Letter to Shredder

In the summer of 1987, Lieutenant Colonel Oliver North testified before the U.S. Senate that he once spent an entire evening shredding top-secret cables and other covert documents concerning the Iran-contra matter while Justice Department investigators worked 10 feet away.

Since then, the word "shredding" has reasonably become dark code for deceit—almost always found in close proximity to the words "conspiracy," "illegal" and "cover-up." No one, we thought—especially someone working on behalf of the public—would ever use that word to describe official policy.

We thought wrong. Consider the following excerpt from a county memo, courtesy of a public-records request by the South County cities opposed to the airport:

"After discussions with the county over the past two days, the county has asked us to reorganize the discussions of alternatives in Technical Report 1 [TR1]," chief consultant Ron Ahlfeldt wrote to the county's remaining consultants on Sept. 12, 1997. "The county has asked that you return your copy of TR1 to us for shredding to maintain confidentiality."

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Why was the county so eager to destroy evidence of TR1? Because TR1 put the lie to the county's claim that the runways at El Toro International Airport would remain exactly as they were when the Marines ran the place.

TR1 documented the county's dawning realization that the Marine Corps runways could never support international air traffic: they directed airplanes uphill with a tailwind into foothills; they ran dangerously across one another in an old-fashioned plus-sign, rather than parallel to one another; and they weren't nearly thick enough for the heavy pounding they'd take from fully loaded international passenger aircraft. The solutions outlined in TR1 would cost billions of dollars and direct planes over the heart of Orange County every two minutes, 24 hours per day.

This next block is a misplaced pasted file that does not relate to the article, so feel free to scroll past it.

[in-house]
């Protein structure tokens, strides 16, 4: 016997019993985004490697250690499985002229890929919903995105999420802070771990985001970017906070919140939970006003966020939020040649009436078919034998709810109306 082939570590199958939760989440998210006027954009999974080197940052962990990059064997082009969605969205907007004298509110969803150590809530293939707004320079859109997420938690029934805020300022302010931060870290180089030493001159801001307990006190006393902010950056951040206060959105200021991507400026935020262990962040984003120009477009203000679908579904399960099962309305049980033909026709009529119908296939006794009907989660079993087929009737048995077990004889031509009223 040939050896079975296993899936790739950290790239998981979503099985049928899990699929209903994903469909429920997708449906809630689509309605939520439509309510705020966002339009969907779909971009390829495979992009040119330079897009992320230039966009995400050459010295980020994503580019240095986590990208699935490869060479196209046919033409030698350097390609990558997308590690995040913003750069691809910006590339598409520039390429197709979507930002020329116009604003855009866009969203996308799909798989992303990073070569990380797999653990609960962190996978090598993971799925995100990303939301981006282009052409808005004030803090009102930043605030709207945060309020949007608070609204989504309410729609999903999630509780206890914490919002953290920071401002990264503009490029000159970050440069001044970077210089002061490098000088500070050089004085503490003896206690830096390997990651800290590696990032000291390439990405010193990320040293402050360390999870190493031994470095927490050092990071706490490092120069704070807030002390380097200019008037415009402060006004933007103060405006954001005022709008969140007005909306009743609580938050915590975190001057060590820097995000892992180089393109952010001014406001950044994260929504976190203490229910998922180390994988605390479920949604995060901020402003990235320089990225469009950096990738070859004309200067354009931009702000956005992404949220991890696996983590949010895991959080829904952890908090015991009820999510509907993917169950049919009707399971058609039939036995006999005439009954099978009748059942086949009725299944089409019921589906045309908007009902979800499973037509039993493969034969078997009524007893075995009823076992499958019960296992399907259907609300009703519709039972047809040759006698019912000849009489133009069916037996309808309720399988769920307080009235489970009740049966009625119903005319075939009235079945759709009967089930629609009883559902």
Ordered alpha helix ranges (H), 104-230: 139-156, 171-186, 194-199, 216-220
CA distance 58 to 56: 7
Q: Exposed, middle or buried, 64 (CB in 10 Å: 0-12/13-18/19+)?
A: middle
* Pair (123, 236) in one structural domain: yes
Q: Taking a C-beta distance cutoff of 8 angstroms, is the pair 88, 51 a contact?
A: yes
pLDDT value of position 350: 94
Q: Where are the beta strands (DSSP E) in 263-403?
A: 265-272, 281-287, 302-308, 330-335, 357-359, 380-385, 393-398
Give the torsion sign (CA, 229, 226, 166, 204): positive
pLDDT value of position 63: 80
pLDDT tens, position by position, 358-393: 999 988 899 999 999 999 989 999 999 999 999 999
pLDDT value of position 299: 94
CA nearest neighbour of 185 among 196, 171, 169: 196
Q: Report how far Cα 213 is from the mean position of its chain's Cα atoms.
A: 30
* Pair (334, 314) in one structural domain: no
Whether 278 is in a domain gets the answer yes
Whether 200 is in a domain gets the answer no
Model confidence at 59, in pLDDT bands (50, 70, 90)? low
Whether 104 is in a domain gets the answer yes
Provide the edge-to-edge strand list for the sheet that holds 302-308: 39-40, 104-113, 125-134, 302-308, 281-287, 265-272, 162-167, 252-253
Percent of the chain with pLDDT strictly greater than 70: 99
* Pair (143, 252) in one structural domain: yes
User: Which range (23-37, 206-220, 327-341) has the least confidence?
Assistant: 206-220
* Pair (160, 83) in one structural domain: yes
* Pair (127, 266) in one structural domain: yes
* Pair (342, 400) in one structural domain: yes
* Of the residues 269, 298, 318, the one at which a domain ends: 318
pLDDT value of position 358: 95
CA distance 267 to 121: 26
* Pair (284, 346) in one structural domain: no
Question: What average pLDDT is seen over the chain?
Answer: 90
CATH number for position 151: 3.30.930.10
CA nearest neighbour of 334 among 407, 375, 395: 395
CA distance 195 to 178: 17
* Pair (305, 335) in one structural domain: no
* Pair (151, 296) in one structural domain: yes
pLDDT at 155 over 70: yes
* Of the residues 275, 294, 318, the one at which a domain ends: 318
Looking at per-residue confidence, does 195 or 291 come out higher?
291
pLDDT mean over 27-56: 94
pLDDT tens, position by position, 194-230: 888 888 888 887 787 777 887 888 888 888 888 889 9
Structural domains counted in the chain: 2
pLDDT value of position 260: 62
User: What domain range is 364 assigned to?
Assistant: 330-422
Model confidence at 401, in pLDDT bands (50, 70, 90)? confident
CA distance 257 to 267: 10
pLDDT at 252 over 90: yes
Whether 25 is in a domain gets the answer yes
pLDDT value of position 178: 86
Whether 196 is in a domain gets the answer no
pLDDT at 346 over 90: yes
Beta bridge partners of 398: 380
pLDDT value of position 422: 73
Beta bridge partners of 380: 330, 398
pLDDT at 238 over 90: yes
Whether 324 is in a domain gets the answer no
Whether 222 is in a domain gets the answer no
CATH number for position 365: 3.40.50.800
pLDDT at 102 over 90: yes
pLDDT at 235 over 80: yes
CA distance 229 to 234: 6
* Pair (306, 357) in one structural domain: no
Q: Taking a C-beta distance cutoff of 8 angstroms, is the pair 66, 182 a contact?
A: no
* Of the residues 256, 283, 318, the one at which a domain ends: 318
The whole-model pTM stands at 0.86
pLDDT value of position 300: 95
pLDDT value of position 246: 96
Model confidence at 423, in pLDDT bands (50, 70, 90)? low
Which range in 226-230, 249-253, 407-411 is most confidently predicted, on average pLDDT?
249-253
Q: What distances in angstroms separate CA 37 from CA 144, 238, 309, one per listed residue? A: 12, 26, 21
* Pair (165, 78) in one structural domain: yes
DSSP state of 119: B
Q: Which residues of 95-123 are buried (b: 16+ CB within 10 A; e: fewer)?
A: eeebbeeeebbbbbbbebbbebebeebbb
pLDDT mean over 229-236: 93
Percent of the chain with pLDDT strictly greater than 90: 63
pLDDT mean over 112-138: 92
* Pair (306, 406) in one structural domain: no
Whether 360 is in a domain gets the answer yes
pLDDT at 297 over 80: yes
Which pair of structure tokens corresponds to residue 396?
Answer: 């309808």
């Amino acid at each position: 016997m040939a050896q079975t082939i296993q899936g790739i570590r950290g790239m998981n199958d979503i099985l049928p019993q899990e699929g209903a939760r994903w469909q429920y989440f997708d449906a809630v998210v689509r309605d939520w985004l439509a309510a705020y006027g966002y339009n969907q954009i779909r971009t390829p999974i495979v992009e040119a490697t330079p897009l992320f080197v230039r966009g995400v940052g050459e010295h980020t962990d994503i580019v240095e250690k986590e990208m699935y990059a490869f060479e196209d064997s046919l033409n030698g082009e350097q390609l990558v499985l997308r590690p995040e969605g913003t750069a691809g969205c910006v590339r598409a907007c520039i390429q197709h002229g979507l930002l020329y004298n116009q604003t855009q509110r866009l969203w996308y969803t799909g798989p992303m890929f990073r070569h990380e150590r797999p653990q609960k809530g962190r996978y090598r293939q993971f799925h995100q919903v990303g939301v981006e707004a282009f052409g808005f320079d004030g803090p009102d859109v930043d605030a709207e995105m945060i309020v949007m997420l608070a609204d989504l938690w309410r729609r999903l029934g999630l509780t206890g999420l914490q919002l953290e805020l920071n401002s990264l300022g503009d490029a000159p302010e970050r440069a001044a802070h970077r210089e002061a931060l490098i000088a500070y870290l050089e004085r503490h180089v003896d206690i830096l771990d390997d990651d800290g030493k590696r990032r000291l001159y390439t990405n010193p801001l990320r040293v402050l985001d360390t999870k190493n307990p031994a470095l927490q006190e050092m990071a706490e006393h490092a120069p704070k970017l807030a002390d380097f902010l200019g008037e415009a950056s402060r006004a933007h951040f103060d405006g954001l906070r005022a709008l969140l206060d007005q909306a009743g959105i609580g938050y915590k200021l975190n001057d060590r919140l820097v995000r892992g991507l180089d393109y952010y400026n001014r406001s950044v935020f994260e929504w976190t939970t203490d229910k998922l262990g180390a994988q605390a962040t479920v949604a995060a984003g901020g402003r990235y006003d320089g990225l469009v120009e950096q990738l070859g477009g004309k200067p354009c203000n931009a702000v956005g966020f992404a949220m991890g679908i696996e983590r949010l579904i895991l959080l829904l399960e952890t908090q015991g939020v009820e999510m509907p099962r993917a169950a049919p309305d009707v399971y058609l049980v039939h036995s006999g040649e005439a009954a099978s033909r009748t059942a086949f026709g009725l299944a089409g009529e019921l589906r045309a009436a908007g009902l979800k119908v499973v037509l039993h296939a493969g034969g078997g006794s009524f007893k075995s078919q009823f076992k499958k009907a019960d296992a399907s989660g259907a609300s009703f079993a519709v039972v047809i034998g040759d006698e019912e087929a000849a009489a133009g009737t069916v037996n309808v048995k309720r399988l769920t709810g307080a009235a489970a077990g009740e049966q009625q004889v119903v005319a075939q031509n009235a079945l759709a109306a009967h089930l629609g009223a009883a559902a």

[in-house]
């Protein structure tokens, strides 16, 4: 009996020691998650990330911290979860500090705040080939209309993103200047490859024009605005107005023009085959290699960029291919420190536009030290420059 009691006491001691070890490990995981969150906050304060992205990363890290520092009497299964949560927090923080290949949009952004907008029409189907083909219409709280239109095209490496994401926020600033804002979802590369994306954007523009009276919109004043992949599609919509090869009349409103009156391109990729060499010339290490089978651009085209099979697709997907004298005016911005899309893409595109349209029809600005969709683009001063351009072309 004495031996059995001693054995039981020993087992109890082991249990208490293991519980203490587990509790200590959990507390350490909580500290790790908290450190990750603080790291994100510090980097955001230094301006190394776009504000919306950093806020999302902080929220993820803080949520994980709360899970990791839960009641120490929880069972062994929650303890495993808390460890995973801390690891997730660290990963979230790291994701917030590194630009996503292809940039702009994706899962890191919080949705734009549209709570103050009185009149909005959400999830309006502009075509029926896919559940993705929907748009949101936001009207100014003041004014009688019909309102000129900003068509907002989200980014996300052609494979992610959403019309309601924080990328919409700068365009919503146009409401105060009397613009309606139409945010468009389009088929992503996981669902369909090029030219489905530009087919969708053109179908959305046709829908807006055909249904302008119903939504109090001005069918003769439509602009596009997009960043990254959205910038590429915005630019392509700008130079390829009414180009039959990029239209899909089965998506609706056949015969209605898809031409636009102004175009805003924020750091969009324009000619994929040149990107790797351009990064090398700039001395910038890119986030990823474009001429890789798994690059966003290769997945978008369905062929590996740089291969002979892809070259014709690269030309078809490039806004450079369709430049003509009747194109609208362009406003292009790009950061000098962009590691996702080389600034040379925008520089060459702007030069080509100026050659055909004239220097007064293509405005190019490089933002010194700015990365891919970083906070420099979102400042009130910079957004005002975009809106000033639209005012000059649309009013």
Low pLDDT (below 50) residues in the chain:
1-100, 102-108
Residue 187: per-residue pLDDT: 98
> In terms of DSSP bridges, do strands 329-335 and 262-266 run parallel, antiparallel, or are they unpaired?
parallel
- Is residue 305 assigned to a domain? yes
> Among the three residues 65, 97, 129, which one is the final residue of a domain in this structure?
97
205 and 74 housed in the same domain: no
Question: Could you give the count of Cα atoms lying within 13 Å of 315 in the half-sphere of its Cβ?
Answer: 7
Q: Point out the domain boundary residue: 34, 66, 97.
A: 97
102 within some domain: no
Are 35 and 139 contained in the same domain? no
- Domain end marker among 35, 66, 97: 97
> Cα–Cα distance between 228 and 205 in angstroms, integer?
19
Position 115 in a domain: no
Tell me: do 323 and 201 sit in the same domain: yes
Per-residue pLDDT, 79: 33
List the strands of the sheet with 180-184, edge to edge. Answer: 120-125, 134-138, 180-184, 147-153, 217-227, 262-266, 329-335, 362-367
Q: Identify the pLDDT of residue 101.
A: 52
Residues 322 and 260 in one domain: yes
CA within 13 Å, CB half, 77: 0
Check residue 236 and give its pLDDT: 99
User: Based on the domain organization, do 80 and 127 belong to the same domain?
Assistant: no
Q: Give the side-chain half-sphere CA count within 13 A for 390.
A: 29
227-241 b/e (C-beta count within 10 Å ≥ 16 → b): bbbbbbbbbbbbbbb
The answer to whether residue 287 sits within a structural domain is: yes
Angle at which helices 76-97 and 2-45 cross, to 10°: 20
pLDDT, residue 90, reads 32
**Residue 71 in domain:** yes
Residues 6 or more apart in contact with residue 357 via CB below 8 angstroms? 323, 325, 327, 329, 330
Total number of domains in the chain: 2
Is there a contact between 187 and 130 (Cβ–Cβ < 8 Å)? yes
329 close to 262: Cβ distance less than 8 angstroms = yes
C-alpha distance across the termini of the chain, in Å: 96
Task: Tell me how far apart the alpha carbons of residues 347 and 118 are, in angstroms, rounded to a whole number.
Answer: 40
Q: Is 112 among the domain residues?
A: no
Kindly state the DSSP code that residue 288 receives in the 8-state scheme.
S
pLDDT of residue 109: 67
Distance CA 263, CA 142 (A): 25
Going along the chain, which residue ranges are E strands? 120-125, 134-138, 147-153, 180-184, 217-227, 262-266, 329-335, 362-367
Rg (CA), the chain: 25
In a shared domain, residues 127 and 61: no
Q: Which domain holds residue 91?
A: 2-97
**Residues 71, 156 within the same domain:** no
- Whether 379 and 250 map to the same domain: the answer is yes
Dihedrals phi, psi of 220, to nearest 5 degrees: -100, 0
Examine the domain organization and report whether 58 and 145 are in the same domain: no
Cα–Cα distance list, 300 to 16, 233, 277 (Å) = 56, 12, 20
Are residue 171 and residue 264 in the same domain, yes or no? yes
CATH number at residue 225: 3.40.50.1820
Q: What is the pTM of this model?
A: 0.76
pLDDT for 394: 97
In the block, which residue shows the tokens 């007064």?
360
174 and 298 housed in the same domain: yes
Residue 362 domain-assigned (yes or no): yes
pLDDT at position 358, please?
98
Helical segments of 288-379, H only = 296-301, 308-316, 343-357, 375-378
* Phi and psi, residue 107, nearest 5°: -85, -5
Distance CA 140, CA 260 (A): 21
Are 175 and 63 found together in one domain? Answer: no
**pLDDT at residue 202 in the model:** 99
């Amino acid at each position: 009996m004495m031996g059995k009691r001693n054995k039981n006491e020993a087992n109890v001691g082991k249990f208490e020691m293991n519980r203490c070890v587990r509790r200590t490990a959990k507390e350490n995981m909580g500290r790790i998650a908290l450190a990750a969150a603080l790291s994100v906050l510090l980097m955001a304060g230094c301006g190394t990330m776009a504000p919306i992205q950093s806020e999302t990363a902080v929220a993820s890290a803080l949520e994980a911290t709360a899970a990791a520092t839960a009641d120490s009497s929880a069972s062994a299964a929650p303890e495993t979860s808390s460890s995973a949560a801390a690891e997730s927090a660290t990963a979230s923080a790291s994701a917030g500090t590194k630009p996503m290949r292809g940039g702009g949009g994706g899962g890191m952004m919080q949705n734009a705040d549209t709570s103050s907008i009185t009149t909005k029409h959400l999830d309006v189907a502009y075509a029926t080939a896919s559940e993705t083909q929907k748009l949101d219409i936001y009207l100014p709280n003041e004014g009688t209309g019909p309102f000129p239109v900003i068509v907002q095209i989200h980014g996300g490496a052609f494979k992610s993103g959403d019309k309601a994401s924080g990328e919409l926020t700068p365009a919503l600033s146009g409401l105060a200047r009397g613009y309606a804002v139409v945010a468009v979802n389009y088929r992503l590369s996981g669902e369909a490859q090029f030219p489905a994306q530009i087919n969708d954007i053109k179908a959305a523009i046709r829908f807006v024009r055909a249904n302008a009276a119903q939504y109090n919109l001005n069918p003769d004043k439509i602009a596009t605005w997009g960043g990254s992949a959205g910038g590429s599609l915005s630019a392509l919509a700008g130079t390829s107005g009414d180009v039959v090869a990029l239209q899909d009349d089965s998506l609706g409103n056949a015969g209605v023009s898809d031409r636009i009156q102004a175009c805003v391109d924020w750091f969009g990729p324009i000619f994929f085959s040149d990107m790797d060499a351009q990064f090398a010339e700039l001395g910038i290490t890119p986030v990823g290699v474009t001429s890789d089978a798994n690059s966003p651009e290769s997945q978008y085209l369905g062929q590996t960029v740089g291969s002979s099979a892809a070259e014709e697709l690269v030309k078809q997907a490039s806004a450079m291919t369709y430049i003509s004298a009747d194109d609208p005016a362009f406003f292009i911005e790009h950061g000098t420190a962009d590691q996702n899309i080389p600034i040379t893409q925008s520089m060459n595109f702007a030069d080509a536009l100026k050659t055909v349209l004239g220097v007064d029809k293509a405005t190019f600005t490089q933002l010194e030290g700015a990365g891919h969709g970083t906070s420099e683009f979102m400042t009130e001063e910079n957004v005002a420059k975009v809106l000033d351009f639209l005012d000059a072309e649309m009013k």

Weighing the loss in public support that would come from such a disclosure, officials ordered TR1 shredded.

Now match this naked contempt for the people who will have to live near and use the proposed airport with the county's own "Public Information Program," begun in August 1998. That program's chief goal was to "explain issues related to noise, safety, traffic, air quality and economic impacts in a clear, simple and [here's the key word] accurate manner."

It's a wonder residents still trust the county to do anything anymore.

—Anthony Pignataro

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